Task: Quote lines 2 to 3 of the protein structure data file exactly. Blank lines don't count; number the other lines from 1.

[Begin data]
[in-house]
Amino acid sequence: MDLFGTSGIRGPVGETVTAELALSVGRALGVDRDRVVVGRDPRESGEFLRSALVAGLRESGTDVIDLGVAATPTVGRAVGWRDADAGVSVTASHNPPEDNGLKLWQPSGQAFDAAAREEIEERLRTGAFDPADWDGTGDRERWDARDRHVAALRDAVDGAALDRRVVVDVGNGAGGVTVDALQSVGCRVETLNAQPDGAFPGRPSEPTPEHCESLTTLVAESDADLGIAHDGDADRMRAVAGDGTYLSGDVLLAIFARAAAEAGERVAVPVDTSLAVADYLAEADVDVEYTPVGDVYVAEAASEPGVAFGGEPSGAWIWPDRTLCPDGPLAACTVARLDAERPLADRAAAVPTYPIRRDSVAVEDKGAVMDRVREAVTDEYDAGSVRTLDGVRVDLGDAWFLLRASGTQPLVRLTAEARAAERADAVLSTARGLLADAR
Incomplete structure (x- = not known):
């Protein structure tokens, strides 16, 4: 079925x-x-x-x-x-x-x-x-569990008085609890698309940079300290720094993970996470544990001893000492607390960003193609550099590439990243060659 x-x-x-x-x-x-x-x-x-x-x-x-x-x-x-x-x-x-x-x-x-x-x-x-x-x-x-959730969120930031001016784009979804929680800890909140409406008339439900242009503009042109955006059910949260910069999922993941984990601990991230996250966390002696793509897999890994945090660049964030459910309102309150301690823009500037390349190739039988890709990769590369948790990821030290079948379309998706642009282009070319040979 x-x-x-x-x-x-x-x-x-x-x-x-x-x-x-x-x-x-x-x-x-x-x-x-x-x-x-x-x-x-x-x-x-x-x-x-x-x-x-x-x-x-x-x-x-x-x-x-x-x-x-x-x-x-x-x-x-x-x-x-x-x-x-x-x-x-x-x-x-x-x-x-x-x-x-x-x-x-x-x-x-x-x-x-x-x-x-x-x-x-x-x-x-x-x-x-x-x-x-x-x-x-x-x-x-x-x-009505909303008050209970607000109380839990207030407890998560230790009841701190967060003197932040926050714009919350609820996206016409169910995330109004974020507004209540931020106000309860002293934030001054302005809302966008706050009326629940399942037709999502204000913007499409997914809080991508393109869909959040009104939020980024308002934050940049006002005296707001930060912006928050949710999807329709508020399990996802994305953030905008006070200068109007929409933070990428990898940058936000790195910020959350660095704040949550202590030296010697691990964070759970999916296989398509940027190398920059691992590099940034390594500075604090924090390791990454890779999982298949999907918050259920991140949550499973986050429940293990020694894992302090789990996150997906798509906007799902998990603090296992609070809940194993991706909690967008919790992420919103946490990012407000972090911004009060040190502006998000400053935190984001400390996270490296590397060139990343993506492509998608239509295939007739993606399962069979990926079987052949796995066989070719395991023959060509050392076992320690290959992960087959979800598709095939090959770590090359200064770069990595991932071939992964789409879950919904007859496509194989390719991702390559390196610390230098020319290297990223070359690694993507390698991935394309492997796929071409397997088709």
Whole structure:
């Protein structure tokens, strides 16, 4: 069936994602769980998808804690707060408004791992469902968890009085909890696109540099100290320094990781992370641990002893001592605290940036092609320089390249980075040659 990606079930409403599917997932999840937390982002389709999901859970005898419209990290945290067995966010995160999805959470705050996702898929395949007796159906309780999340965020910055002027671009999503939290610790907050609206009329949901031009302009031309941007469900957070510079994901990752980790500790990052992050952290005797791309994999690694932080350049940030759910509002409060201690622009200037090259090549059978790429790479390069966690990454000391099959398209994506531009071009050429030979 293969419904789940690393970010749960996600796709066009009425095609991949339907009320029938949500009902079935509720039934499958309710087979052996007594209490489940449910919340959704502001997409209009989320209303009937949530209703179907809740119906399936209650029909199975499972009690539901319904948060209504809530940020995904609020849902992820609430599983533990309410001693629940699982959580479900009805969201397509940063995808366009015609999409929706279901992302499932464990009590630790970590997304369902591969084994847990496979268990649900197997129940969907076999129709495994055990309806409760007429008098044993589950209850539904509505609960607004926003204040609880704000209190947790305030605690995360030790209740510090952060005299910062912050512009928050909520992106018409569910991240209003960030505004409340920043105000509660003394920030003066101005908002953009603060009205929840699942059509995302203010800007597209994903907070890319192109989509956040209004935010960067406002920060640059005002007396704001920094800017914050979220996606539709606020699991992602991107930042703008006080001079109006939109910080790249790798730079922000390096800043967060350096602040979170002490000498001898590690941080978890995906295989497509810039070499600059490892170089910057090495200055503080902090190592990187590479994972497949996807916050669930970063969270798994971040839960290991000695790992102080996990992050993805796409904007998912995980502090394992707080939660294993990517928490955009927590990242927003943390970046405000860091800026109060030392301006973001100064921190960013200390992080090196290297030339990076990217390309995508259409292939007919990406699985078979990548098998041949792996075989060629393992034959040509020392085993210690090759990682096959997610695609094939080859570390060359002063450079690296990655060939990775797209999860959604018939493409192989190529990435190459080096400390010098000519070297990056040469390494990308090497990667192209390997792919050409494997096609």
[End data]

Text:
Amino acid sequence: MDLFGTSGIRGPVGETVTAELALSVGRALGVDRDRVVVGRDPRESGEFLRSALVAGLRESGTDVIDLGVAATPTVGRAVGWRDADAGVSVTASHNPPEDNGLKLWQPSGQAFDAAAREEIEERLRTGAFDPADWDGTGDRERWDARDRHVAALRDAVDGAALDRRVVVDVGNGAGGVTVDALQSVGCRVETLNAQPDGAFPGRPSEPTPEHCESLTTLVAESDADLGIAHDGDADRMRAVAGDGTYLSGDVLLAIFARAAAEAGERVAVPVDTSLAVADYLAEADVDVEYTPVGDVYVAEAASEPGVAFGGEPSGAWIWPDRTLCPDGPLAACTVARLDAERPLADRAAAVPTYPIRRDSVAVEDKGAVMDRVREAVTDEYDAGSVRTLDGVRVDLGDAWFLLRASGTQPLVRLTAEARAAERADAVLSTARGLLADAR
Incomplete structure (x- = not known):